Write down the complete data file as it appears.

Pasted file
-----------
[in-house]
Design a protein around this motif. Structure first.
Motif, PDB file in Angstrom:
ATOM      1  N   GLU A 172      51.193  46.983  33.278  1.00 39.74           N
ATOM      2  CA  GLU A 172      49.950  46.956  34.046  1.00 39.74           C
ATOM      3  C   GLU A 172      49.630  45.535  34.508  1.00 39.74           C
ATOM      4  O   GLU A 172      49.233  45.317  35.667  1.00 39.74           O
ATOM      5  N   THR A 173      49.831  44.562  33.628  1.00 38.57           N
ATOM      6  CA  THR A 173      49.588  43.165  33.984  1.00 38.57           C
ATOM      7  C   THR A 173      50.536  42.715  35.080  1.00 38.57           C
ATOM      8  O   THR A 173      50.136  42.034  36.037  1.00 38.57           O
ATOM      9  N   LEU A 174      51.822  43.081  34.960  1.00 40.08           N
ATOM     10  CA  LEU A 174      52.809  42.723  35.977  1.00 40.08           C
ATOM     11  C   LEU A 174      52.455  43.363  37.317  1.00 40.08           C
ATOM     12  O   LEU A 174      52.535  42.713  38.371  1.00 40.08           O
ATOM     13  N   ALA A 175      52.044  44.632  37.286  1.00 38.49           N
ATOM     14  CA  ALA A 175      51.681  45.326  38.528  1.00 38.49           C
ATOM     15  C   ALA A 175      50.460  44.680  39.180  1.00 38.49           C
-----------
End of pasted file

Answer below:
[in-house]
Design a protein around this motif. Structure first.
Motif, PDB file in Angstrom:
ATOM      1  N   GLU A 172      51.193  46.983  33.278  1.00 39.74           N
ATOM      2  CA  GLU A 172      49.950  46.956  34.046  1.00 39.74           C
ATOM      3  C   GLU A 172      49.630  45.535  34.508  1.00 39.74           C
ATOM      4  O   GLU A 172      49.233  45.317  35.667  1.00 39.74           O
ATOM      5  N   THR A 173      49.831  44.562  33.628  1.00 38.57           N
ATOM      6  CA  THR A 173      49.588  43.165  33.984  1.00 38.57           C
ATOM      7  C   THR A 173      50.536  42.715  35.080  1.00 38.57           C
ATOM      8  O   THR A 173      50.136  42.034  36.037  1.00 38.57           O
ATOM      9  N   LEU A 174      51.822  43.081  34.960  1.00 40.08           N
ATOM     10  CA  LEU A 174      52.809  42.723  35.977  1.00 40.08           C
ATOM     11  C   LEU A 174      52.455  43.363  37.317  1.00 40.08           C
ATOM     12  O   LEU A 174      52.535  42.713  38.371  1.00 40.08           O
ATOM     13  N   ALA A 175      52.044  44.632  37.286  1.00 38.49           N
ATOM     14  CA  ALA A 175      51.681  45.326  38.528  1.00 38.49           C
ATOM     15  C   ALA A 175      50.460  44.680  39.180  1.00 38.49           C